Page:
Blended Workforces Are Here to Stay, Survey Says

We already know that 76 percent of employees want permanently flexible work, and now it looks like things are going to stay that way. More specifically, 70 percent of HR teams expect to set policies for “blended workforces” in 2022, according to the 2021 State of People Strategy report, meaning that many employees will work remotely at least part-time.

In the report, released by people management platform Lattice, the term “blended workforce” is used interchangeably with “hybrid workforce,” which means most (or at least many) employees alternate in and out of the office environment.

And when it comes to blended or hybrid workplaces, flexibility is required in how HR tackles its challenges, which HR professionals rated in the report.

  • 41 percent rated onboarding as the top challenge;
  • 34 percent rated managing employee training as the top challenge; and
  • 33 percent said hiring was the most challenging.

But meeting these challenges is simple, according to Lattice, because better managers lead to better HR outcomes.

“It’s my view that one role of HR is to enable and empower managers,” said Farrah Jessani Mitra, founder of a leadership development and executive coaching company Green Reed, in the report. “The manager plays a particularly important role, given their authority in hiring, delegating work, promoting and firing. They also impact employee safety, empowerment and engagement.”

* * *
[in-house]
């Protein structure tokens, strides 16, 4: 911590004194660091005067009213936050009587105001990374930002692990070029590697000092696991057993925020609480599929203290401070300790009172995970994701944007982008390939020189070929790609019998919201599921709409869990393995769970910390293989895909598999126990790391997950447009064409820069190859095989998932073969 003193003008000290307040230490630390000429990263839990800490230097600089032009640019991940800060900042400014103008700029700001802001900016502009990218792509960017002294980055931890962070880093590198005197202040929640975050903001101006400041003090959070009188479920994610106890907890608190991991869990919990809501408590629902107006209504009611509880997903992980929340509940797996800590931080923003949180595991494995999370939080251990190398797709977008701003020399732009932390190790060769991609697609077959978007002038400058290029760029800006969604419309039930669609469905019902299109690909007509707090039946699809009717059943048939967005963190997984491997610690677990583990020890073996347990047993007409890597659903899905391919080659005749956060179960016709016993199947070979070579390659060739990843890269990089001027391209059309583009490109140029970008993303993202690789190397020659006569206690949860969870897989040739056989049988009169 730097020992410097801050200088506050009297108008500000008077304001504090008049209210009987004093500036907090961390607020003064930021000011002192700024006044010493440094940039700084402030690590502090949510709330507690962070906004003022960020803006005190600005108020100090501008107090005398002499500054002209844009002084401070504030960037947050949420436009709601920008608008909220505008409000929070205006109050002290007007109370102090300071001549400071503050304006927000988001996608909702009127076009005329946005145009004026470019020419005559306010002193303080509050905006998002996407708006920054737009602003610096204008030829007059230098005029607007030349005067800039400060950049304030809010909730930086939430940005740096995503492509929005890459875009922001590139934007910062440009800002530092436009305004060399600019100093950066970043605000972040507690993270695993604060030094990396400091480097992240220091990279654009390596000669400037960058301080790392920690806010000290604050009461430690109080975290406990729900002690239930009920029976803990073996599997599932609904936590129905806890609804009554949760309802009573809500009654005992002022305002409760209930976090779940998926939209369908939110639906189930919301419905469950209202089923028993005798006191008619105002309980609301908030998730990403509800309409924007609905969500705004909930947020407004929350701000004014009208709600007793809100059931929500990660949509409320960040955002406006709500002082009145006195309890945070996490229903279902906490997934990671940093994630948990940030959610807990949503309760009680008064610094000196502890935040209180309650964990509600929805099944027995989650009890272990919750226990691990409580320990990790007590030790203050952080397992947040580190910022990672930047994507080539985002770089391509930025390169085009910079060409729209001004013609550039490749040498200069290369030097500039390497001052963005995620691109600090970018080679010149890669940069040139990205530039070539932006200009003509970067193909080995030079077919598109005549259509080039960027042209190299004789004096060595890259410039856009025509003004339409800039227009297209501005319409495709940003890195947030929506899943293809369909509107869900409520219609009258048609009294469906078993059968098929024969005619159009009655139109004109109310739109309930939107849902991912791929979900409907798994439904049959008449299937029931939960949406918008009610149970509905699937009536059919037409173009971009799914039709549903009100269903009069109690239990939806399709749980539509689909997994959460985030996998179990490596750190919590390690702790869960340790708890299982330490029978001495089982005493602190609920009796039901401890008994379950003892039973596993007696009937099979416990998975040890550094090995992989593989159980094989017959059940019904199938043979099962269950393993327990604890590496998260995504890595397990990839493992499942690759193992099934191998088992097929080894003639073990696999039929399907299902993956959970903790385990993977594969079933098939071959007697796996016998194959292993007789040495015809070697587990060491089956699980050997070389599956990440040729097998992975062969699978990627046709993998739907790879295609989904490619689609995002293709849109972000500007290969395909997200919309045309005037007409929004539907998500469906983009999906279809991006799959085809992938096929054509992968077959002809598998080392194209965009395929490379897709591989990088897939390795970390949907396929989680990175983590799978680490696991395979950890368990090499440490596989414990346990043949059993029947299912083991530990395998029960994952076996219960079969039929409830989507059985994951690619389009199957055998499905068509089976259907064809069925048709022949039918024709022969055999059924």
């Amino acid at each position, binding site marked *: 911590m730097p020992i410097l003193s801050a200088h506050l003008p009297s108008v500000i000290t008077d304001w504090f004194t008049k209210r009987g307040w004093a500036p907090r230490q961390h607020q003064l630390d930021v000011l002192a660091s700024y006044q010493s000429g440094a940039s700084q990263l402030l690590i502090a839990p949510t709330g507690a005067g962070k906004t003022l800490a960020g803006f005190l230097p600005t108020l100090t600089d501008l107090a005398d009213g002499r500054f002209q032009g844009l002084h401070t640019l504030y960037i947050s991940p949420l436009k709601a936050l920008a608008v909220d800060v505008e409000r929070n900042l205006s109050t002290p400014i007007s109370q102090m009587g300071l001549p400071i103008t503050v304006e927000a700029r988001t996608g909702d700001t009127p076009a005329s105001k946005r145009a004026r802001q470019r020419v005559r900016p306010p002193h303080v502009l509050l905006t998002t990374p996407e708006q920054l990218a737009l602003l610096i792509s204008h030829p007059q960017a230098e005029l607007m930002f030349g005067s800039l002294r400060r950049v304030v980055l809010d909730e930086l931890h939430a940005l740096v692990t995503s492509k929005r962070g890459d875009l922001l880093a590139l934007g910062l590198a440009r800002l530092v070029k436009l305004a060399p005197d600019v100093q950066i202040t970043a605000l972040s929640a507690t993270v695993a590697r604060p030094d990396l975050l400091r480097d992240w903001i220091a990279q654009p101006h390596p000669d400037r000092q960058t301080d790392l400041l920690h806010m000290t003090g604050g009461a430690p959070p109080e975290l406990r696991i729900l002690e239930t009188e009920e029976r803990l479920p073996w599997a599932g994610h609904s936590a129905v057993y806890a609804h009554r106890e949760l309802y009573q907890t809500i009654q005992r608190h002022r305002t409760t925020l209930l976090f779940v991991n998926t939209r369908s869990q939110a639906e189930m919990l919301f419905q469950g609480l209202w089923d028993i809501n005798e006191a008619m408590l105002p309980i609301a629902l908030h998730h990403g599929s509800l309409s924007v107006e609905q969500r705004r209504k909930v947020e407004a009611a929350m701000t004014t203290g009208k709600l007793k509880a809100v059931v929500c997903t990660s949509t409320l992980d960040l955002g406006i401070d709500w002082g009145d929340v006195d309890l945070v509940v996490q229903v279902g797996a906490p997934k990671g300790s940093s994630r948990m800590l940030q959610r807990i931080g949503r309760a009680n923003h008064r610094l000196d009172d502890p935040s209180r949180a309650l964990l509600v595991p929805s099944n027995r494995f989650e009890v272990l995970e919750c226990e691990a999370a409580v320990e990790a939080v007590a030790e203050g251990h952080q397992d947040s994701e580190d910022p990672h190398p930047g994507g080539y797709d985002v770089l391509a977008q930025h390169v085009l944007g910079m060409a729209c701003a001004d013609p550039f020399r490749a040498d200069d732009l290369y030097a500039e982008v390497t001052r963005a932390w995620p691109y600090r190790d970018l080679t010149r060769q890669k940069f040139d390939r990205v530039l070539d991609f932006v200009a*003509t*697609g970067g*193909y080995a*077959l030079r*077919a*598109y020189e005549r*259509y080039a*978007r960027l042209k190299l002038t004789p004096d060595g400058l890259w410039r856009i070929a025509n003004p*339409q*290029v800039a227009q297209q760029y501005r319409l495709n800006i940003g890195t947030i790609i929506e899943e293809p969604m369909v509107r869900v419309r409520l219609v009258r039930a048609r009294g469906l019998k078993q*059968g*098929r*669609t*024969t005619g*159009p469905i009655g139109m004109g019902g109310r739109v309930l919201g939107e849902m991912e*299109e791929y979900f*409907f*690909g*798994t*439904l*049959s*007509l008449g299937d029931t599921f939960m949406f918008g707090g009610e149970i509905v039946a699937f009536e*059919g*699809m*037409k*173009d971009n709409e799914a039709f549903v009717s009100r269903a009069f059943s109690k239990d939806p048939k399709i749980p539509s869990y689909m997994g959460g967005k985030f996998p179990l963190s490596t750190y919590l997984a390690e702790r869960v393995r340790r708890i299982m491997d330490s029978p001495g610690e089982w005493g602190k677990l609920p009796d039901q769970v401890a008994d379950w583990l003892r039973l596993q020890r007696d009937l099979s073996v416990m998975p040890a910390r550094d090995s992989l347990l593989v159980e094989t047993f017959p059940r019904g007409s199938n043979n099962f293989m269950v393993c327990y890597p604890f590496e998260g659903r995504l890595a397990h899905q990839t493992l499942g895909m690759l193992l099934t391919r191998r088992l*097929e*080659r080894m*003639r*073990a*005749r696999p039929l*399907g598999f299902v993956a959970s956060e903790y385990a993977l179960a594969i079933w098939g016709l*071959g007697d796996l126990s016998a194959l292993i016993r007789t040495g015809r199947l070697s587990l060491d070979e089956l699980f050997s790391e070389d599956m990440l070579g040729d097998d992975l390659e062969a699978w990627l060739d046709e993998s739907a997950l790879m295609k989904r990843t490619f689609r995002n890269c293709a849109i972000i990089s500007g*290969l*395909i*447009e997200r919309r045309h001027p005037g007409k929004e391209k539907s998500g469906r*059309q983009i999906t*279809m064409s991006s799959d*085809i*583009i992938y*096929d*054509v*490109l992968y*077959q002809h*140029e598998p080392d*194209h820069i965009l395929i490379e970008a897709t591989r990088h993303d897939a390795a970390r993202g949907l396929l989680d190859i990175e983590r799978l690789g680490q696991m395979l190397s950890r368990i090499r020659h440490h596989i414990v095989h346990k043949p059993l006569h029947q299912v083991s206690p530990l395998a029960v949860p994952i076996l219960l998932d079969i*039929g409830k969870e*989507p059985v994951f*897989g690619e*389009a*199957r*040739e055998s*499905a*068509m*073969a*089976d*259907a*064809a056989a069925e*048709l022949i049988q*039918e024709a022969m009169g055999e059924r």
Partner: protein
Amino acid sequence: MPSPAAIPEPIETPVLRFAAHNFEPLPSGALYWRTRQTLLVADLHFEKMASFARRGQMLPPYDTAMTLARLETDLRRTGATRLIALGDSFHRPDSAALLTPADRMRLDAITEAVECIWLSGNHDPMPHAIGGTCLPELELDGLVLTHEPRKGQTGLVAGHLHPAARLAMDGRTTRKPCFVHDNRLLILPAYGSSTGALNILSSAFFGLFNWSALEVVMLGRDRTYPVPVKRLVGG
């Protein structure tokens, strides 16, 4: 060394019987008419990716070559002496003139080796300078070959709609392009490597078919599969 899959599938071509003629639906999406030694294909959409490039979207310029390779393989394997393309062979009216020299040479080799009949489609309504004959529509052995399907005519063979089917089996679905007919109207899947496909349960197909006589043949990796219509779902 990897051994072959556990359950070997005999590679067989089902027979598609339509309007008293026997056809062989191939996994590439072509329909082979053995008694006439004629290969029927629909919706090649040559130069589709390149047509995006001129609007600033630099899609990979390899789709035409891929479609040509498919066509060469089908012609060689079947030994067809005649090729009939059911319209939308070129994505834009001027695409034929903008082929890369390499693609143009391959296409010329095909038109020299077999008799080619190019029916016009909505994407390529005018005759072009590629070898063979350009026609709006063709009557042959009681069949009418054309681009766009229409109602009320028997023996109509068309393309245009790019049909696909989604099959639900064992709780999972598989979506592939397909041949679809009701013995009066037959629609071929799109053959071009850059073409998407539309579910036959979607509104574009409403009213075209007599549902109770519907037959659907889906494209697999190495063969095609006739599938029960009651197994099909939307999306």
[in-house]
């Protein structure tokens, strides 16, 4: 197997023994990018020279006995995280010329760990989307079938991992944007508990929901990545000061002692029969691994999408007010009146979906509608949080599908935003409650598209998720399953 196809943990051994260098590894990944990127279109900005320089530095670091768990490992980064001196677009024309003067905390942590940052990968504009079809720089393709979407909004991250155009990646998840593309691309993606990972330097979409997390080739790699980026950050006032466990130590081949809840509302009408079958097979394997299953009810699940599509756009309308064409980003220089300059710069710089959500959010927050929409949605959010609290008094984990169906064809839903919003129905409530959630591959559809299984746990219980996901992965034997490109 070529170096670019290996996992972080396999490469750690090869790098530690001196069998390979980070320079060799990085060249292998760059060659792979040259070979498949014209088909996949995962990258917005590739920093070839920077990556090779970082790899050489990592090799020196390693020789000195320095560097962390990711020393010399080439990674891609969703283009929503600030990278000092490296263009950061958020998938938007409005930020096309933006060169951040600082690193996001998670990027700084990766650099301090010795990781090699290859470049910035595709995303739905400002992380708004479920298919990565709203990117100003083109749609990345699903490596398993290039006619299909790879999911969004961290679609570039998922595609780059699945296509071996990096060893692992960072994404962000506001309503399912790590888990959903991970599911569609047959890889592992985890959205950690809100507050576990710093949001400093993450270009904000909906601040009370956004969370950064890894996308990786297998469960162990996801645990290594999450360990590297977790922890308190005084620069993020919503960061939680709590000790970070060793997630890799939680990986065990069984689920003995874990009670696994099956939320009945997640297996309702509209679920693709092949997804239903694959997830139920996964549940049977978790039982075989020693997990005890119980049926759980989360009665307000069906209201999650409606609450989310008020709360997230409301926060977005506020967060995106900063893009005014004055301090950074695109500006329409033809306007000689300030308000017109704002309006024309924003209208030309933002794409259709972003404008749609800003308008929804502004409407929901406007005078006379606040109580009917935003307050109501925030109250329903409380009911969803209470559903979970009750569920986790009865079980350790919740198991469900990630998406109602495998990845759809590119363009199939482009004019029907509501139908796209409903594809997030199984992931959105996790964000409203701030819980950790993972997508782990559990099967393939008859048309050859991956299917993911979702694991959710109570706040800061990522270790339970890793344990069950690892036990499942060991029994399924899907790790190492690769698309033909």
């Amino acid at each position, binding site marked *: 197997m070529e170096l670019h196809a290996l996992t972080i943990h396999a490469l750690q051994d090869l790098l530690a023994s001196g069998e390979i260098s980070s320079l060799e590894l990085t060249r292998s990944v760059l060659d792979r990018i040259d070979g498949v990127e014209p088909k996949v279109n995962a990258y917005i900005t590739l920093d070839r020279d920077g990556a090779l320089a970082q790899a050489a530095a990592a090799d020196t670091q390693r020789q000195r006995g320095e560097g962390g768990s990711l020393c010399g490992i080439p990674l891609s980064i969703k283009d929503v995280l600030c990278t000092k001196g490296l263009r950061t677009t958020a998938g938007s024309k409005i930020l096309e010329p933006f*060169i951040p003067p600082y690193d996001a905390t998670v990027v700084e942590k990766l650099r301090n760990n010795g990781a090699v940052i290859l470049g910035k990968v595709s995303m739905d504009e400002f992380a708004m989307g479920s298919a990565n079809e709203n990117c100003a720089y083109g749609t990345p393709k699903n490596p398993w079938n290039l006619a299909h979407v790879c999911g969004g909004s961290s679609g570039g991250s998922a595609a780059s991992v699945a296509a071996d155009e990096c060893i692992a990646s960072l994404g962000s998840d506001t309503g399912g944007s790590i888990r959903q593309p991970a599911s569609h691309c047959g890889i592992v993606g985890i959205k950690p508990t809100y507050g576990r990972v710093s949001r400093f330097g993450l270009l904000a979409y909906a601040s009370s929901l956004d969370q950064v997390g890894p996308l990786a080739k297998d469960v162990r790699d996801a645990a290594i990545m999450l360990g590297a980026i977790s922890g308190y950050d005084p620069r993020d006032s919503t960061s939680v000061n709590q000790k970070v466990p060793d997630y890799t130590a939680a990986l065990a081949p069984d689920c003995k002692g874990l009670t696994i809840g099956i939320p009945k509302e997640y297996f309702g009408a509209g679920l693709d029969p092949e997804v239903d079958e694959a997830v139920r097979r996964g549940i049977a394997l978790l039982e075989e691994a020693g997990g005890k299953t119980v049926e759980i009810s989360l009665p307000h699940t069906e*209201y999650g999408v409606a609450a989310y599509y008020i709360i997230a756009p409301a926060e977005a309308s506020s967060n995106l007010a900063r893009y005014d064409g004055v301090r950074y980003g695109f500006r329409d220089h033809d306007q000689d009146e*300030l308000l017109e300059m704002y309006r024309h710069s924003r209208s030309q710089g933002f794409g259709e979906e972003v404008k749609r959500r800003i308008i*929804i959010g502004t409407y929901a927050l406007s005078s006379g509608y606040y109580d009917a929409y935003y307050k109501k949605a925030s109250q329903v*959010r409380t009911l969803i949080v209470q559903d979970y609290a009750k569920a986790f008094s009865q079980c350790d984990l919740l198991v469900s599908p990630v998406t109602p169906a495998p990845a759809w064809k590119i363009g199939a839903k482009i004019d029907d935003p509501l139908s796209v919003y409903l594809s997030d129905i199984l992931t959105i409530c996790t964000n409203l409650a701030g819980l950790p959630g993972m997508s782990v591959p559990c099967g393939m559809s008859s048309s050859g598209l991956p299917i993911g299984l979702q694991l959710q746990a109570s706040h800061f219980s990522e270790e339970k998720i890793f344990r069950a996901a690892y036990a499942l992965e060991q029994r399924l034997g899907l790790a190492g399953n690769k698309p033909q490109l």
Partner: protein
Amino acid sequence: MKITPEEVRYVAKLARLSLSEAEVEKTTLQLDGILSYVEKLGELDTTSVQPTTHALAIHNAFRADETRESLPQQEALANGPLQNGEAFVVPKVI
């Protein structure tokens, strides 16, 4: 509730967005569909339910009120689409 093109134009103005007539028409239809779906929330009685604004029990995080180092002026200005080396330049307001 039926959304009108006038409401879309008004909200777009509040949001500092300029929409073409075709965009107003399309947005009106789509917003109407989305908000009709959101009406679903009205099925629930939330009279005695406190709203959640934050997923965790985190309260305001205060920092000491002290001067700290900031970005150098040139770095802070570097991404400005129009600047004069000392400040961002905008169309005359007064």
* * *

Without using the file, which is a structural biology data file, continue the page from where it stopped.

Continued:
In fact, 75 percent of HR teams responded that manager development is a priority and “critically important” in 2022. This is important because, according to Monster’s Fall 2021 hiring report, 45 percent of workers said skills training increases their likelihood of staying with their current employer.

And flexibility as far as when and where employees work also is important; according to Monster’s report, the keyword search “work from home” was one of the top searches on Monster job postings. Candidates are in pursuit of greater flexibility, according to Monster CEO Scott Gutz, and employers should keep up.

“The idea that people will be expected to spend each and every day in an office environment is antiquated and unrealistic,” Gutz said in the hiring report. “In today’s world, the vast amount of the workforce is going to expect a meaningful amount of flexibility.”

Leading your employees in a time like this is especially hard when they’re working remotely. To maintain the company culture, work closely with colleagues on drafting employee engagement plans. Since our computer might be all that connects us, consider digital tools that can help improve engagement in the blended/hybrid work environment.

Also, employers offering remote work should make sure their policies and practices comply with California law, and should consult with legal counsel for specific questions or concerns.

Beza Sileshi, Editor, CalChamber

CalChamber members can read more about Remote Workers/Telecommuters, including about how to establish a Teleworking Agreement, in the HR Library. Not a member? See what CalChamber can do for you.

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